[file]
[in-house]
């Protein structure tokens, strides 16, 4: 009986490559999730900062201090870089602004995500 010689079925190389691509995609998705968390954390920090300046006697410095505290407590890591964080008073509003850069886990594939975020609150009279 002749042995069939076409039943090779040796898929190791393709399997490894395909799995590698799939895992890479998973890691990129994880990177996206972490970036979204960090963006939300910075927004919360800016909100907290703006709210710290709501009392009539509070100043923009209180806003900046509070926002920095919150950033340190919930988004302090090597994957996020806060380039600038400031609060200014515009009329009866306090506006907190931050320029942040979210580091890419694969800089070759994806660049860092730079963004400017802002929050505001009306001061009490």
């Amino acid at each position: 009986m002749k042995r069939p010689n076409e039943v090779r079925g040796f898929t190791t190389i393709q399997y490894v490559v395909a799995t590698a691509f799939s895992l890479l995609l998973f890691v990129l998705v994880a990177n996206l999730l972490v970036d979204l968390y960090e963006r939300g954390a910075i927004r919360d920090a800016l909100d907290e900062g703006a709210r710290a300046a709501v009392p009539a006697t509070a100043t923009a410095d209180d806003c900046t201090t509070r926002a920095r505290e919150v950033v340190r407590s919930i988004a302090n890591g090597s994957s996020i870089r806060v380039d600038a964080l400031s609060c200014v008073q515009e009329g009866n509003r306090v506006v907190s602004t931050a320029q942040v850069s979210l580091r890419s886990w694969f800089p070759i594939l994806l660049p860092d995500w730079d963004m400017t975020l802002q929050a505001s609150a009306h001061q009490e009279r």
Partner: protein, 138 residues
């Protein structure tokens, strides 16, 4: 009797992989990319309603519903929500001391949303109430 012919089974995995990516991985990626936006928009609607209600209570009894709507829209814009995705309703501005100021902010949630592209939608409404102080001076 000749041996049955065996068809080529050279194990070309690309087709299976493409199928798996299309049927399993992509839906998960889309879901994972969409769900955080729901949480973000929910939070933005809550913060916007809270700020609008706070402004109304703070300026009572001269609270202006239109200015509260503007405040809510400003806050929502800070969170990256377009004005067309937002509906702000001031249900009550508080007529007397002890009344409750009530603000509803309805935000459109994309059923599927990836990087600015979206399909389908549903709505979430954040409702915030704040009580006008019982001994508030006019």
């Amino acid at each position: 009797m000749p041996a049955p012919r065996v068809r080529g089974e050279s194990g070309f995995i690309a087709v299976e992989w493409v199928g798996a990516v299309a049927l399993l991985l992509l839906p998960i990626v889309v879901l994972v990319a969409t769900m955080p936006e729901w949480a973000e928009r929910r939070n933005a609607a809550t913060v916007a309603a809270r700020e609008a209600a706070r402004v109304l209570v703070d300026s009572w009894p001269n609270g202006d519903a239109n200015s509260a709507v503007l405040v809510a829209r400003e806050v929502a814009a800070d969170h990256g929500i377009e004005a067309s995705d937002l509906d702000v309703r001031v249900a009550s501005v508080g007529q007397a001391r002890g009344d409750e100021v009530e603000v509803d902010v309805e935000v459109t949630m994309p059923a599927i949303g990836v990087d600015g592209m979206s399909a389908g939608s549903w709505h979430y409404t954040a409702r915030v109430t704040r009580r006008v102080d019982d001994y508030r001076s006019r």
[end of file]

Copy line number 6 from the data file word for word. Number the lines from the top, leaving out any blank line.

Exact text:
């Amino acid at each position: 009797m000749p041996a049955p012919r065996v068809r080529g089974e050279s194990g070309f995995i690309a087709v299976e992989w493409v199928g798996a990516v299309a049927l399993l991985l992509l839906p998960i990626v889309v879901l994972v990319a969409t769900m955080p936006e729901w949480a973000e928009r929910r939070n933005a609607a809550t913060v916007a309603a809270r700020e609008a209600a706070r402004v109304l209570v703070d300026s009572w009894p001269n609270g202006d519903a239109n200015s509260a709507v503007l405040v809510a829209r400003e806050v929502a814009a800070d969170h990256g929500i377009e004005a067309s995705d937002l509906d702000v309703r001031v249900a009550s501005v508080g007529q007397a001391r002890g009344d409750e100021v009530e603000v509803d902010v309805e935000v459109t949630m994309p059923a599927i949303g990836v990087d600015g592209m979206s399909a389908g939608s549903w709505h979430y409404t954040a409702r915030v109430t704040r009580r006008v102080d019982d001994y508030r001076s006019r």